Class warfare politics again

If you’re just tuning in now, you may have been tempted to think the rising star of the conservatives will run to the rescue of beleaguered modest and middle income earners and save Canada from the elitist egg heads of the Liberal Party.

There’s a problem with that.

Both Liberal and Conservative politicians serve the same super-establishment and 1% to the cost of everyone else.

Both defend a neoliberal economic model. In fact, they all champion an economic model that since the 1980’s has wrecked the middle class and driven the wedge between rich and poor to its worst extreme in recent history.

Through no fault of their own, the rising generation of millenials may need to save for 29 years in order to afford a home in Canada’s cities.

Now, I’m a ½ generation ahead of a millenial; the so-called “GenX” now at age 45. Getting into the home ownership game wasn’t that severe for us. And we were the first unfortunate beneficiary of this neoliberal economic model. Now it’s worse.

The current duopoly of red/blue governments do nothing to change this. Their promises are mere window dressing next to the mess it’s made.

Tiny tax cuts here, boutique tax credits there hide the ugly truth behind the big lie. Both Liberals and Conservatives offer no change. More of the same.

So who does?

This guy.

For the business rags to condemn the NDPs tax agenda (which even I think is relatively timid) means that the NDP is headed in the correct direction.

Finally.

And let’s undo a narrative right now. The conservatives seem ready to cast the Liberals as a bunch of Eastern, out of touch, university egg heads completely detached from the reality on Main Street.

While there may be an element of truth to that, there is nothing wrong with being educated. In fact, that’s what we parents look forward to in our kids. Finish school, get some education/vocation and make something of yourself. Those who would demonize the educated are attacking our own youth. Stop it.

And what’s worse is that the conservatives have their own brand of super elite “egg heads” that are just as out of touch with every day folks. But they come in the flavour of energy lobbyists, social conservatives, xenophobic policy writers and advocates of the super rich.

So we’re back into a class warfare politics again. But don’t think for a moment that team blue is any better than team red. They’re both terrible.

My2bits

Repeat after me: “tax cuts do not pay for themselves”

Trickle down economics has never worked. Ever. Yet it was tried again here in BC when the BC Liberals took office in 2001 with results that literally anyone could have predicted.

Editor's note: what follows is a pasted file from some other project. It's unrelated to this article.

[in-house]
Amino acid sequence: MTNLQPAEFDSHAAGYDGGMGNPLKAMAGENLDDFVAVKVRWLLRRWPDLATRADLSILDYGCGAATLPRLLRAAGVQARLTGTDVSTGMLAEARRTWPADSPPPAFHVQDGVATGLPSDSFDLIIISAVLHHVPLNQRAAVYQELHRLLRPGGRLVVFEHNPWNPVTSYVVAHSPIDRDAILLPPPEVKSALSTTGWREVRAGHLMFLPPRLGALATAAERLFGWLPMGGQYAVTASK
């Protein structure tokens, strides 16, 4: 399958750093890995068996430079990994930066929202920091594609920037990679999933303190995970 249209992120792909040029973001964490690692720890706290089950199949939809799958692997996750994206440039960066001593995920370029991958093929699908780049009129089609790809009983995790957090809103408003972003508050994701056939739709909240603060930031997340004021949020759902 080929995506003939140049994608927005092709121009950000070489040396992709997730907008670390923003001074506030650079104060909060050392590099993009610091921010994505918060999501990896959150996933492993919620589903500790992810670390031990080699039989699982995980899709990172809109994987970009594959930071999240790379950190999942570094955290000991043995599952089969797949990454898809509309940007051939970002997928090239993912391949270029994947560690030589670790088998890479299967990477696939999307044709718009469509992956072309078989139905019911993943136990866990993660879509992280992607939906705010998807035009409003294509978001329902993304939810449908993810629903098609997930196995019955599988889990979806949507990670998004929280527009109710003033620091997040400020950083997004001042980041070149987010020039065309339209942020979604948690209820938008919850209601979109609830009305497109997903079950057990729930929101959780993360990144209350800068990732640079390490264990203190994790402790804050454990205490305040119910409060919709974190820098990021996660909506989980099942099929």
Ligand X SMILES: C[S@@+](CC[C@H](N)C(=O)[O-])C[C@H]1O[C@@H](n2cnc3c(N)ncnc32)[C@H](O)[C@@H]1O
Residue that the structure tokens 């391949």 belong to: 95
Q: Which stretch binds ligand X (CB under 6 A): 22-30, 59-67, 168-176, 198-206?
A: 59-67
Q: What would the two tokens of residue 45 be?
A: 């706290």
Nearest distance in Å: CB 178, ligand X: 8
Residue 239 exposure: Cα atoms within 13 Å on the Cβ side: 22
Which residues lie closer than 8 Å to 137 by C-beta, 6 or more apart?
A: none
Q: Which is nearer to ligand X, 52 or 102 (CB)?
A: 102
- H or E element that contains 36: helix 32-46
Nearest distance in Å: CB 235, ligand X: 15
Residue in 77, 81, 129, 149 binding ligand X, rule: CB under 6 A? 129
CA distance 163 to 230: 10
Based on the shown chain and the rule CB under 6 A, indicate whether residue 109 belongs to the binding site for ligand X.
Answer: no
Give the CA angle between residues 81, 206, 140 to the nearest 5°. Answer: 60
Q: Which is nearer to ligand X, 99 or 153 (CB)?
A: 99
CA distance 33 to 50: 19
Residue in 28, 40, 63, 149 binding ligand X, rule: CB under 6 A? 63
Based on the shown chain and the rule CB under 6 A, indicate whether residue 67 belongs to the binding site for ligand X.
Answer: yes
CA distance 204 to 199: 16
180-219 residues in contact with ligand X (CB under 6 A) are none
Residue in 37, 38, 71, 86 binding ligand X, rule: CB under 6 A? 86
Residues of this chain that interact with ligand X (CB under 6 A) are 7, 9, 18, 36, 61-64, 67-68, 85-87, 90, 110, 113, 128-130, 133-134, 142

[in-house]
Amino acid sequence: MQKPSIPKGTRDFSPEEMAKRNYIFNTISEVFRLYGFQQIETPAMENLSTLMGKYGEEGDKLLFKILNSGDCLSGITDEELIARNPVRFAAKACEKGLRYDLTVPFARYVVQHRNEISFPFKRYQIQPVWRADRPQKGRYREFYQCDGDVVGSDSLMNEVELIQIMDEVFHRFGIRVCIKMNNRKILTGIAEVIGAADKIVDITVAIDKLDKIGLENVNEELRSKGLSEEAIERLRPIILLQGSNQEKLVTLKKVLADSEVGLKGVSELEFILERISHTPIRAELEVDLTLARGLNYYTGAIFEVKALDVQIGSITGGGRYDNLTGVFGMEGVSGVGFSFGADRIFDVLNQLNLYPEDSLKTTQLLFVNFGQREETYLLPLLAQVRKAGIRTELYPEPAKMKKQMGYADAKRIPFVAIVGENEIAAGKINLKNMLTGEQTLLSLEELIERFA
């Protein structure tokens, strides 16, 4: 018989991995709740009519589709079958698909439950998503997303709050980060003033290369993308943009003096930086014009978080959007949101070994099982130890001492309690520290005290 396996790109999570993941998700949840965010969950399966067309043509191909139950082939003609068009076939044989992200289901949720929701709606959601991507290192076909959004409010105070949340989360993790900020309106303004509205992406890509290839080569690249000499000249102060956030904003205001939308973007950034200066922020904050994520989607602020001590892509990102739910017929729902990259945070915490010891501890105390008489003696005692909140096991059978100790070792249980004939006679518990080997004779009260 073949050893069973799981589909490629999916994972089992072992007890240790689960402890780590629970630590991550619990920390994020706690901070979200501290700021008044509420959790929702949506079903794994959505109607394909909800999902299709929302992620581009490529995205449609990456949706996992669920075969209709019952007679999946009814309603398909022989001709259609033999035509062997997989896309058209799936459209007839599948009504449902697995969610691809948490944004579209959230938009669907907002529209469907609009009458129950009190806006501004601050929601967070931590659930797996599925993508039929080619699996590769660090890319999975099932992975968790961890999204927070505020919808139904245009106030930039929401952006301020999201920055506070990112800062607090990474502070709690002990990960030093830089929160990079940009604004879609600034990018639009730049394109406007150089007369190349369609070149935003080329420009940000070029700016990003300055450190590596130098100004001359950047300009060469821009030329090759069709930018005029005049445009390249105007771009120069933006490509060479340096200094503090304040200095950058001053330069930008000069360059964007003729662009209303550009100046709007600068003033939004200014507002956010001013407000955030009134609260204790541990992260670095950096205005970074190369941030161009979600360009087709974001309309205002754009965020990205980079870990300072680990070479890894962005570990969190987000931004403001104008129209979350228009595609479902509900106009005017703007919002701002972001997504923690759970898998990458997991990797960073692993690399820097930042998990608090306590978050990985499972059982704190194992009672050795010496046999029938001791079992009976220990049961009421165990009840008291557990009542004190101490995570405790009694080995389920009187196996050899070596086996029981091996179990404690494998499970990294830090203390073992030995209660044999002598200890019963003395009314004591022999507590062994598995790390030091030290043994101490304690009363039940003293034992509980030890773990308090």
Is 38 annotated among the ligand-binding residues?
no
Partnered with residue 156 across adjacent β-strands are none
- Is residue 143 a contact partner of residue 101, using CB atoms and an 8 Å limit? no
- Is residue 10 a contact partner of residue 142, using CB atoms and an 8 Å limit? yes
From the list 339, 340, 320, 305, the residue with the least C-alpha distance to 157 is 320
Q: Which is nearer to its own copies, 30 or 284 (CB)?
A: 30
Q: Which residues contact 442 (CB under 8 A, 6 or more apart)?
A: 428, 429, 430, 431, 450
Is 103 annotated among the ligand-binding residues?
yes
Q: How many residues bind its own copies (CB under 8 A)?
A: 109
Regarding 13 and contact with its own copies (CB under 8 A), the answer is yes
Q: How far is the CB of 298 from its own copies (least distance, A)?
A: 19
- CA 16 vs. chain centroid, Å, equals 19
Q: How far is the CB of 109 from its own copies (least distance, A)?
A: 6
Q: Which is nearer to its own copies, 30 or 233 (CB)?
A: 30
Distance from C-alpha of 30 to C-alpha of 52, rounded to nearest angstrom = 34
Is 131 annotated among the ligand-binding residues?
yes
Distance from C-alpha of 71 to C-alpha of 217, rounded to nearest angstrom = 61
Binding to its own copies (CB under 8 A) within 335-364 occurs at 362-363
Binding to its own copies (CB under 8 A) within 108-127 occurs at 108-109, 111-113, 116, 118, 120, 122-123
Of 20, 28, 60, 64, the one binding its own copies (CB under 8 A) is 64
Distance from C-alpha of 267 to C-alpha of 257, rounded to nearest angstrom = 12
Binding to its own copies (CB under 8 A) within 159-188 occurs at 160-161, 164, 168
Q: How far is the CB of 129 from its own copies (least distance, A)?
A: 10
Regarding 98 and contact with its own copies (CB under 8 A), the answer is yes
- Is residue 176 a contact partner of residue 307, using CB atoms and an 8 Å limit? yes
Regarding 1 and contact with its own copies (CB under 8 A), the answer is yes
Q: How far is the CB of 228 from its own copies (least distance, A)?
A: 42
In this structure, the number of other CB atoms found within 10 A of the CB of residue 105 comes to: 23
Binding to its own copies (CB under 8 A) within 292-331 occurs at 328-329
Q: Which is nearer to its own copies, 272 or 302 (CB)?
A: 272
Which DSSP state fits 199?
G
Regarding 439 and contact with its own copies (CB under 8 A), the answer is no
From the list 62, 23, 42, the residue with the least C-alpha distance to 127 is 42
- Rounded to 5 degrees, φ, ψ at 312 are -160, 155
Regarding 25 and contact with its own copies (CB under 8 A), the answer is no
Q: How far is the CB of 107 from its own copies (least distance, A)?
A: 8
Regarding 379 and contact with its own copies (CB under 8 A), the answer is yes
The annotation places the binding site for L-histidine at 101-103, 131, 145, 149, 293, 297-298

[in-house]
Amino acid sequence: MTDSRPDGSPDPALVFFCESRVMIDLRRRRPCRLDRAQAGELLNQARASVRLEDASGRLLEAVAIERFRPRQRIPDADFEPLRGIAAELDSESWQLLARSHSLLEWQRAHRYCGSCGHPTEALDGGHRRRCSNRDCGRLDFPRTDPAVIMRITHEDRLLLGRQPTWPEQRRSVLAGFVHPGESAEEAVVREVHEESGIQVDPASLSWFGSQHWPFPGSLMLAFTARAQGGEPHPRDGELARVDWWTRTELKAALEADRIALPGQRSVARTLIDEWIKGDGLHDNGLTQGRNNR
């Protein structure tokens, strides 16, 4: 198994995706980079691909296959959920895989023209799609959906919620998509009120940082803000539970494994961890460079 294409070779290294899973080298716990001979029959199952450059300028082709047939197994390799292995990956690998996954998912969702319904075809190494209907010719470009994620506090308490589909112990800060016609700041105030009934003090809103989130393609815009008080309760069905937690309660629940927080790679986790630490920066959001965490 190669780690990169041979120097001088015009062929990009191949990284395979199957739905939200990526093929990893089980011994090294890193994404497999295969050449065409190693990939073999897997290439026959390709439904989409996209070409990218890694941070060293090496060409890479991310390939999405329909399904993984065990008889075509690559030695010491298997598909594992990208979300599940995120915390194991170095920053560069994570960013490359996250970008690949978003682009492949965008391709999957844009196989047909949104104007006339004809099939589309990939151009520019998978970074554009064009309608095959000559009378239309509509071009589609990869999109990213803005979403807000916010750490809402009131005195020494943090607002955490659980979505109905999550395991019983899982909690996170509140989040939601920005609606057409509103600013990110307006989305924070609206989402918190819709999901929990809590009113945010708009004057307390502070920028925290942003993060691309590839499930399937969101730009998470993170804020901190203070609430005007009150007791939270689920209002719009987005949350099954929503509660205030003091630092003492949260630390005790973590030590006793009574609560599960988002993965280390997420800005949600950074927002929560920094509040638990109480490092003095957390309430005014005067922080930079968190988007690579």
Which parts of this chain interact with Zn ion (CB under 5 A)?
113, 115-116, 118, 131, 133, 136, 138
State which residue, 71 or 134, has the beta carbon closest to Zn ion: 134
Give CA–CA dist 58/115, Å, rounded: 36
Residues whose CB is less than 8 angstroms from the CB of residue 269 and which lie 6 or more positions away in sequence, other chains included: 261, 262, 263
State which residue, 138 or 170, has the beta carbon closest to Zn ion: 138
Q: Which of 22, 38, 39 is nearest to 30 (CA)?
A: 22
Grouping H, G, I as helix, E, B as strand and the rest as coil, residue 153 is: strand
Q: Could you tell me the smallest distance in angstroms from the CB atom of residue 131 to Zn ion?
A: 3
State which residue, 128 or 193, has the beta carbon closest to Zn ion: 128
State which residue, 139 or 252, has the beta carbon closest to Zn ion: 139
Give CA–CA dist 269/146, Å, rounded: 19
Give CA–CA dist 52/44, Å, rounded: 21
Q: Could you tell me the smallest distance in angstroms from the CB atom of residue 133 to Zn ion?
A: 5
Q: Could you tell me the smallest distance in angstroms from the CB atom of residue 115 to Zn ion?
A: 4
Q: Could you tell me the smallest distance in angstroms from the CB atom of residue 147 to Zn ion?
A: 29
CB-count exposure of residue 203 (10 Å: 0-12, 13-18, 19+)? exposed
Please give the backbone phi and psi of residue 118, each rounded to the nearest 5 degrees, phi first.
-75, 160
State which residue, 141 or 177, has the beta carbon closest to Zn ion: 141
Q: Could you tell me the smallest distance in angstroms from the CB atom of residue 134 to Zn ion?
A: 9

Now a former Gordon Campbell cabinet minister reflects back on the times that were and thinks it wasn’t good times. We could have told you that Mr Abbott, but you went along with it anyways.

It’s worth noting that former BC Premier Gordon Campbell is advising the Ford gov’t in Ontario, ostensibly with a mandate to uncover areas worth cutting funds to.

New Alberta Premier Jason Kenney has also diverted some of that stinky BC Liberal bathwater to help his new govt settle into power.

This isn’t going to work out well for Alberta or Ontario.

“Tax cuts pay for themselves” is a rebranded “trickle down economics” and it’s never worked, not a single time. Yet we’re drifting towards parties that believe in this mythology.

Don’t fall for it again.

My2bits

I’m not in a panic over teacher negotiations and neither should you

I’m not unfamiliar to contract talks between unions and their bosses, and I’m old enough to remember that most of the noise is the rhetorical hot air that both sides breathe in order to rally public opinion to each respective side. So with that being said, I’m pretty much ignoring the noise being made publicly about what’s going on in the negotiating room between the BCTF and the employer, the BCPSEA.

It however wasn’t long ago that the BC Liberals, directly interfering with negotiations last time, trotted out heavy hitting cabinet ministers and Premier Clark with their “affordability zone” mantra.

Since then, the teachers union won their appeal at the Supreme Court that restored class size and composition language that was illegally stripped away by legislation introduced by none other than (then) Deputy Premier and Education Minister Christy Clark when Gordon Campbell was Premier.

I do have to inject a reality check here. Both sides are free to ask for whatever they think they’ll get in contract talks. Aim high and see where negotiations take you. The employer is free to ask all they want for movement on CSC language, but it doesn’t mean teachers have to agree to any changes there – that was a win in court. The union is also free to ask for whatever they feel they’ll get; see how this works?

What is harmful though, is that the rhetoric can get toxic outside the negotiating rooms. Teachers are a powerful ally to the NDP and some loud mouths online are using this delicate negotiating period as a means to drive a wedge here. As if by electing the BC Liberals back to power will mean any better gains for teachers (hint: it won’t).

Do yourselves a favour and let the negotiating teams do their work; ignore the rhetorical hot air like its a bad smell..because it will blow away.

My2bits